These algorithms were first published on this website on 2009-11-12.

When a year is a leap year

Function name: IsDeeLeapYear
Argument: Year
Returns: True or False

If Year >= 1 Then
    IsDeeLeapYear = ((((Year - 1) Mod 33) Mod 4) = 3)
    IsDeeLeapYear = (((-Year Mod 33) Mod 4) = 1)
End If

Number of days in a month

Function name: NumDaysInDeeMonth
Arguments: Year, Month
Returns: Number of days

If Month < 1 Or Month > 12 Then
    NumDaysInDeeMonth = 0
ElseIf Month = 2 Then
    If IsDeeLeapYear(Year) Then
        NumDaysInDeeMonth = 29
        NumDaysInDeeMonth = 28
    End If
ElseIf Month = 4 Or Month = 6 Or Month = 9 Or Month = 11 Then
    NumDaysInDeeMonth = 30
    NumDaysInDeeMonth = 31
End If

Dee-Cecil date to Julian day number

Function name: Dee2JDN
Arguments: Year, Month, Day
Returns: Julian day number or undefined

If Not (Day >= 1 And Day <= NumDaysInDeeMonth(Month, Year)) Then
    Dee2JDN is undefined
    Exit Function
End If

'Cycles consist of 33*365 + 8 = 12,053 days.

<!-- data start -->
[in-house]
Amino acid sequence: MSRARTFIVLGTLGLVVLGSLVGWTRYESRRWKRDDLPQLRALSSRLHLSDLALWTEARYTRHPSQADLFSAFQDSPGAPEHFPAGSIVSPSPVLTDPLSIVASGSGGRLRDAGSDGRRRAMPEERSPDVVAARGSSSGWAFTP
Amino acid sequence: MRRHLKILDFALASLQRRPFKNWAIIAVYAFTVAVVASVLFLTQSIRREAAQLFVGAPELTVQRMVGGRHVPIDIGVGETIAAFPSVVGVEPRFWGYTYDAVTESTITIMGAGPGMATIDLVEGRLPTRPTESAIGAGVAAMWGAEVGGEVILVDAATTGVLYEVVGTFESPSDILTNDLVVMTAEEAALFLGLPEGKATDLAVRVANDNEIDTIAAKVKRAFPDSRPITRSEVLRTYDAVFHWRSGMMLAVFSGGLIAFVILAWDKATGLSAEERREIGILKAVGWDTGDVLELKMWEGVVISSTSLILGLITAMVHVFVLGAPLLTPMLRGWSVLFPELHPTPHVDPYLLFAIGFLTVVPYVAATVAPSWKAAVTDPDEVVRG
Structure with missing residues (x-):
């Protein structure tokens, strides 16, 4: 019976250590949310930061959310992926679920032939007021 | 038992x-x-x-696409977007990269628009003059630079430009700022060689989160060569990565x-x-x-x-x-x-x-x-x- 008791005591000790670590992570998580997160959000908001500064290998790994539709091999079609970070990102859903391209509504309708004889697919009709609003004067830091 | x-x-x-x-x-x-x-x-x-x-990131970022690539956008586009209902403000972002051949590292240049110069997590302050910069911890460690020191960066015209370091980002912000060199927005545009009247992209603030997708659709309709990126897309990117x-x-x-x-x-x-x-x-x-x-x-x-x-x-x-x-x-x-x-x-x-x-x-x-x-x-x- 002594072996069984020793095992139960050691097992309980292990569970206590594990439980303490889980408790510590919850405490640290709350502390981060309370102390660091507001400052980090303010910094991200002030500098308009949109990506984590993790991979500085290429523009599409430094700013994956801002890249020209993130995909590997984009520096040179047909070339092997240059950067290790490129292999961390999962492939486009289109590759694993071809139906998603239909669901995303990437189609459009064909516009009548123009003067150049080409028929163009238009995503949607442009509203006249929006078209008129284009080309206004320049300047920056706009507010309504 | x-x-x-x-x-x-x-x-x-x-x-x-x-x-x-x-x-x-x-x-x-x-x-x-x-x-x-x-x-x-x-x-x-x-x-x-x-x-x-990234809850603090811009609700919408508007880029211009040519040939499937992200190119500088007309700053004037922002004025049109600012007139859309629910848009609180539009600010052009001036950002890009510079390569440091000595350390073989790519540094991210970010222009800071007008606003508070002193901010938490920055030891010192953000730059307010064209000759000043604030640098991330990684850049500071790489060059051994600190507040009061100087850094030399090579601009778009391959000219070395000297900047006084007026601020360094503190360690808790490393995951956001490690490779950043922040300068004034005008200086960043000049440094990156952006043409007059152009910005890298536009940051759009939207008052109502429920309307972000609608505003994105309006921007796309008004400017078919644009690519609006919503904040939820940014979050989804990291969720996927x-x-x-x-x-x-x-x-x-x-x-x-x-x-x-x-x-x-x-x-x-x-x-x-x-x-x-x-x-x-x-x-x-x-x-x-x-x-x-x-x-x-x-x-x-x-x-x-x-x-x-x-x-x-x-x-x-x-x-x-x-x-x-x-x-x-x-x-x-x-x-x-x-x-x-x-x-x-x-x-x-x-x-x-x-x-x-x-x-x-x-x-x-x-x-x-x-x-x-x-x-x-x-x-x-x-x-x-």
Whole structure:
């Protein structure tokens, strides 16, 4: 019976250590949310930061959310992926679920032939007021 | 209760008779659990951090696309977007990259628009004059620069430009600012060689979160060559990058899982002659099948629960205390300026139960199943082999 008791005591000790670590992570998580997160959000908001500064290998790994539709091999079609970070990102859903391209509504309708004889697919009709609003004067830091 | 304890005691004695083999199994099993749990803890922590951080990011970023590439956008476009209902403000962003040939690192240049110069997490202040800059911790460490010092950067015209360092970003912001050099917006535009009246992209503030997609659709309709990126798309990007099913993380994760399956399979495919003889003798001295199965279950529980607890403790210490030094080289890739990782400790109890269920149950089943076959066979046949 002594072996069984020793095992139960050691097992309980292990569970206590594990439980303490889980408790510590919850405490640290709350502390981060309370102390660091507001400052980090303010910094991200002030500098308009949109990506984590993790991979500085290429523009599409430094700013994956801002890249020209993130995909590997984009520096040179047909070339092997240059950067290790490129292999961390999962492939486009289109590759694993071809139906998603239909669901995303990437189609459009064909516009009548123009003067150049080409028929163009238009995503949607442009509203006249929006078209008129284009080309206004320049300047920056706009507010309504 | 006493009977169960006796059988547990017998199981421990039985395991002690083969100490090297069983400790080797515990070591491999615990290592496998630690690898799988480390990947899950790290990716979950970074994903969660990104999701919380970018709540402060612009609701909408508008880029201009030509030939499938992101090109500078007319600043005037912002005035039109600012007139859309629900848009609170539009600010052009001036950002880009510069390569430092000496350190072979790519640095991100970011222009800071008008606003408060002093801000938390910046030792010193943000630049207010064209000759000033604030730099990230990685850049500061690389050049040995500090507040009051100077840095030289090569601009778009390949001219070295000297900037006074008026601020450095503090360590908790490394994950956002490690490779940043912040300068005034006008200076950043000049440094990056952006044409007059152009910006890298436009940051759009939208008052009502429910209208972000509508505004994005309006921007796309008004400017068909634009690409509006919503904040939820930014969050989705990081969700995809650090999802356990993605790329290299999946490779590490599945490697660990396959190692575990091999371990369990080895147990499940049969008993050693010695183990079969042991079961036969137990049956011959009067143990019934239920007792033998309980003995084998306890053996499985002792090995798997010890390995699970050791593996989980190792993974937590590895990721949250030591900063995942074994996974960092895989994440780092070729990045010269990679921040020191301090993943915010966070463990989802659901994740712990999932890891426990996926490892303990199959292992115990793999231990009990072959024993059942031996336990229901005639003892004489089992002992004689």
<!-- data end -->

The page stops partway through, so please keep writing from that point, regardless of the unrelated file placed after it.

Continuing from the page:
'Cycle 0 begins at 1-1-1.

If Year >= 1 Then
    CycleNum = (Year - 1) \ 33    'cycle number
    Y = (Year - 1) Mod 33         'Y = year in cycle, 0-32
    CycleNum = -(-Year \ 33) - 1
    Y = 32 - ((-Year) Mod 33)
End If

X = CycleNum * 12053 + Y * 365 + (Y \ 4)
'Including addition of 1 for each leap year in cycle prior to year Y (Year).
'X is number of days since 1-1-1 of first day of year Y (Year).

'Add days in months.
For M = 1 To Month - 1
    X = X + NumDaysInDeeMonth(M, Year)

Dee2JDN = X + Day + JDN111 - 1    'See above for value of JDN111.

Julian day number to Dee-Cecil date

Function name: JDN2Dee
Argument: JDN (Julian day number)
Returns: Year, Month, Day

X = JDN - JDN111
'See above for value of JDN111.
'X is number of days since 1-1-1.

If X >= 0 Then
    Year = 1 + (X \ 12053) * 33
    D = X Mod 12053    'D is day number in 33-year cycle.
    Year = -(((-1 - X) \ 12053) * 33) - 32
    D = 12052 - ((-X - 1) Mod 12053)
End If

For I = 1 To 33
    If IsDeeLeapYear(I) Then
        NumDaysInYear = 366
        NumDaysInYear = 365
    End If
    If D < NumDaysInYear Then
        Exit For
        Year = Year + 1
        D = D - NumDaysInYear
    End If

'Now D = day number in year.

Month = 1

For I = 1 To 12
    NumDaysInMonth = NumDaysInDeeMonth(I, Year)
    If D < NumDaysInMonth Then
        Exit For
        Month = Month + 1
        D = D - NumDaysInMonth
    End If

Day = D + 1

Date Conversion Software

The algorithms given above have been implemented in software for conversion of dates in the Julian, Gregorian, Dee and Dee-Cecil Calendars. See Julian-Gregorian-Dee Date Calculator.

This page was first published on this website on 2009-11-12 CE.